anchor, device cast overboard to secure a ship, boat, or other floating object by means of weight, friction, or hooks called flukes. In ancient times an anchor was often merely a large stone, a bag or basket of stones, a bag of sand, or, as with the Egyptians, a lead-weighted log. The Greeks are credited with the first use of iron anchors, while the Romans had metal devices with arms similar to modern anchors. The ordinary modern anchor consists of a shank (the stem, at the top of which is the anchor ring), a stock (the crosspiece at the top of the shank, either fixed or removable), a crown (the bottom portion), and arms, attached near the base of the shank at a right angle to the stock and curving upward to end in flat, triangular flukes. Other types of anchors include the patent anchor, which has either no stock at all or a stock lying in the same plane as the arms; the stream, or stern anchor, lighter than the regular anchor and used in narrow or congested waters where there is no room for the vessel to swing with the tide; and the grapnel, a small four-armed anchor used to recover lost objects. A sea anchor is a wooden or metal framework covered with canvas and weighted at the bottom; it is a temporary device used by disabled ships. Modern ships have several anchors; usually there are two forward and two aft. Formerly made of wrought iron, anchors are now usually made of forged steel.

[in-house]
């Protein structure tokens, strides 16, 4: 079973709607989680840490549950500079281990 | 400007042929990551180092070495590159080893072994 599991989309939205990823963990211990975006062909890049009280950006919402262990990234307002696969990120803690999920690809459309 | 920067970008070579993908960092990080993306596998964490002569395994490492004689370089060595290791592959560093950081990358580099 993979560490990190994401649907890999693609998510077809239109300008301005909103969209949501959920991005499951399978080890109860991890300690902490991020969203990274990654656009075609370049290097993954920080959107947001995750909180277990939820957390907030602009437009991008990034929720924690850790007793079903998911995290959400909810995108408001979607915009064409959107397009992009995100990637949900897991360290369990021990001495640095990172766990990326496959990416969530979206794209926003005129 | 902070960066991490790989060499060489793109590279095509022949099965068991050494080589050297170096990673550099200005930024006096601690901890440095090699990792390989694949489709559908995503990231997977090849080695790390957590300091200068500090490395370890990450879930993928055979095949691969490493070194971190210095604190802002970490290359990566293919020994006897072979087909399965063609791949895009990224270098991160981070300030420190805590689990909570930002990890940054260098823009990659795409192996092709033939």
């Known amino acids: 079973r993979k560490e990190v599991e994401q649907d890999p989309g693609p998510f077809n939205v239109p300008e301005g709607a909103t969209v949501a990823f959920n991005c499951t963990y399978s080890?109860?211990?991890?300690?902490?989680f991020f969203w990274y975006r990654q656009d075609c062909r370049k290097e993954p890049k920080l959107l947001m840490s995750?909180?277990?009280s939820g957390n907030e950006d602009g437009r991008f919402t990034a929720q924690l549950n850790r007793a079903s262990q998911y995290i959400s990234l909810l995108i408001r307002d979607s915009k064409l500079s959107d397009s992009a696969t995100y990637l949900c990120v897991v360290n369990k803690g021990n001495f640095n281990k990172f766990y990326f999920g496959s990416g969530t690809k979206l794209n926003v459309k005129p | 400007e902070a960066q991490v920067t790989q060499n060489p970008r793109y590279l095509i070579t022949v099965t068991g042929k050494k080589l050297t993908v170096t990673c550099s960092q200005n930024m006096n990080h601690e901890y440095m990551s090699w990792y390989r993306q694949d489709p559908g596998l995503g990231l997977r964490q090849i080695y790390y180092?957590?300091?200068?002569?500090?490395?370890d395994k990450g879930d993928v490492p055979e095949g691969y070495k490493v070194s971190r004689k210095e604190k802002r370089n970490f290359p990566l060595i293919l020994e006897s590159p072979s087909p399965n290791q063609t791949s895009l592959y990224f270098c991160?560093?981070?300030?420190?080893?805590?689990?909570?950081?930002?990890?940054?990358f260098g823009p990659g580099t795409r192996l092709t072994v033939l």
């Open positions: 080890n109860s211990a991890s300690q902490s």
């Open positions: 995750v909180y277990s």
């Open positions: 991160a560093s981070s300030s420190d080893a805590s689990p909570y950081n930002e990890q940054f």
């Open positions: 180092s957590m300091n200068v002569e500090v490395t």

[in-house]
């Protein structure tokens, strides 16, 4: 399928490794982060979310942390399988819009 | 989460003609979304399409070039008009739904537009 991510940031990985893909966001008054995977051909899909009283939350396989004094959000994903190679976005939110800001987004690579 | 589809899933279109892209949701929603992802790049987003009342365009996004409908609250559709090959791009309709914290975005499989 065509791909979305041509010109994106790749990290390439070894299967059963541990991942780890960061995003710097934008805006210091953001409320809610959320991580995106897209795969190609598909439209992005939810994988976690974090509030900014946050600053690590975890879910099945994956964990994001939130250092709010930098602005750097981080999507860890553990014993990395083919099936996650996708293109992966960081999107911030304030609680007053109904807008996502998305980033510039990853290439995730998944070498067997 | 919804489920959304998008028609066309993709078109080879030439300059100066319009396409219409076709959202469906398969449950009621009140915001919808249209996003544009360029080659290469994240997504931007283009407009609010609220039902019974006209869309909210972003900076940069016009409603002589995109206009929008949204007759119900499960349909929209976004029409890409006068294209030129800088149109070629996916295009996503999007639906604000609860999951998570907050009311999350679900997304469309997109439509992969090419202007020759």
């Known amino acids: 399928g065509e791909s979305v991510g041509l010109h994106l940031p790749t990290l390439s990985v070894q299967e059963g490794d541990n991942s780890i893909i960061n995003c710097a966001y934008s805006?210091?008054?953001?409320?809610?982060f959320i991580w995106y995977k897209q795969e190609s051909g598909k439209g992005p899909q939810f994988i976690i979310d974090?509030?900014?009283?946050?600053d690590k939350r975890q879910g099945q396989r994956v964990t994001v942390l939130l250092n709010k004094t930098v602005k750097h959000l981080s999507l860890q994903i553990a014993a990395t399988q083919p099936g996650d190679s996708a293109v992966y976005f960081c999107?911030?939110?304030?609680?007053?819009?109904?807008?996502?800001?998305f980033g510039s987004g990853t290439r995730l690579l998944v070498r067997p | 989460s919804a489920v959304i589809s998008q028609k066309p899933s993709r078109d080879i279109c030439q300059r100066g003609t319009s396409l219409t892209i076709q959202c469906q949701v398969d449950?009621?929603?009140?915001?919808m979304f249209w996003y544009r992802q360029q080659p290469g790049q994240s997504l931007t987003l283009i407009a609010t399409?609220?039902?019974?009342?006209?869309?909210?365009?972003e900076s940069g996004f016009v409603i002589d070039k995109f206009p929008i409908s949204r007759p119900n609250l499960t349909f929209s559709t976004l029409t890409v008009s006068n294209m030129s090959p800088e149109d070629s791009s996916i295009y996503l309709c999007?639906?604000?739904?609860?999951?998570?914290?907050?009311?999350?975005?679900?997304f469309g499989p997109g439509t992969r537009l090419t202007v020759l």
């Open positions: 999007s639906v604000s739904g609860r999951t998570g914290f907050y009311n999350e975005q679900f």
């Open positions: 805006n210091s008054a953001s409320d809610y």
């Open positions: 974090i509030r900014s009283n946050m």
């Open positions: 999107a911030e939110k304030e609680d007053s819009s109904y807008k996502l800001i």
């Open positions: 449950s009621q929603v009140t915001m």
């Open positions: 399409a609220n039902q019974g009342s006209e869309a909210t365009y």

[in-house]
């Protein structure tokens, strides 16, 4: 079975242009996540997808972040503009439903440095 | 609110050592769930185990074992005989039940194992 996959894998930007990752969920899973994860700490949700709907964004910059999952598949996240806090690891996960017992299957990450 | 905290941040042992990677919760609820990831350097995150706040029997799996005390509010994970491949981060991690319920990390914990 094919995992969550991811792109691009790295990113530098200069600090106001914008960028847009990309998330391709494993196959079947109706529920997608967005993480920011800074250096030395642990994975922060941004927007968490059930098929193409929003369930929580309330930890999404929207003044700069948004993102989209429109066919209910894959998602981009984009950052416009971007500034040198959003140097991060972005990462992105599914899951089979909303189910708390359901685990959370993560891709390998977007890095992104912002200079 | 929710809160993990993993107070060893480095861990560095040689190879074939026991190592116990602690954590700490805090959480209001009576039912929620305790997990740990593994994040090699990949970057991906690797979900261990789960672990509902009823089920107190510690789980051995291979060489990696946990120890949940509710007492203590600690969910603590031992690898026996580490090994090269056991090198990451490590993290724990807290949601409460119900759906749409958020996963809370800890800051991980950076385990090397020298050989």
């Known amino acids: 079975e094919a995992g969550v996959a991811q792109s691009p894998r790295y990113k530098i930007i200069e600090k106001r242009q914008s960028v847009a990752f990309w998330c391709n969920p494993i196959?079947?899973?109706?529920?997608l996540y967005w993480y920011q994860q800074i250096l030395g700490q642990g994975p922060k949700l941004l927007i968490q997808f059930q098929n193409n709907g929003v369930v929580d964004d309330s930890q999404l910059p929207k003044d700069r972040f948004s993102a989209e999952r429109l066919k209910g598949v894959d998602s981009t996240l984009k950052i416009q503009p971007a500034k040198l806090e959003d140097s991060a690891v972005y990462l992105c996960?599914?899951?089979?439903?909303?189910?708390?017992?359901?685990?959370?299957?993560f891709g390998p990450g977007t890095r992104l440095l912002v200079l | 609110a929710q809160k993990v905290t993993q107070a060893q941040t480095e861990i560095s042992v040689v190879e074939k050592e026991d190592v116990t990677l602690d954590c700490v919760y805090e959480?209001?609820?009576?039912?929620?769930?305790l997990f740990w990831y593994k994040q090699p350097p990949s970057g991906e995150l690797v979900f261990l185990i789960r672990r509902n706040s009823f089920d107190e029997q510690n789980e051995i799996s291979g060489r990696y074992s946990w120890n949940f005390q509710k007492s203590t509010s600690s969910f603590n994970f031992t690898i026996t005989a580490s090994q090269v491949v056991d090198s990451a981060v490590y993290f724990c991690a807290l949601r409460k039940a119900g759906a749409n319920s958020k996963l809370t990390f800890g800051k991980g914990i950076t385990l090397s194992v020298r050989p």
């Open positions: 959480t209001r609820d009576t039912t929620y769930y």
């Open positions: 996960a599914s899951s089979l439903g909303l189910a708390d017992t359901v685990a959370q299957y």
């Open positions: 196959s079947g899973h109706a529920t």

The Columbia Electronic Encyclopedia, 6th ed. Copyright © 2012, Columbia University Press. All rights reserved.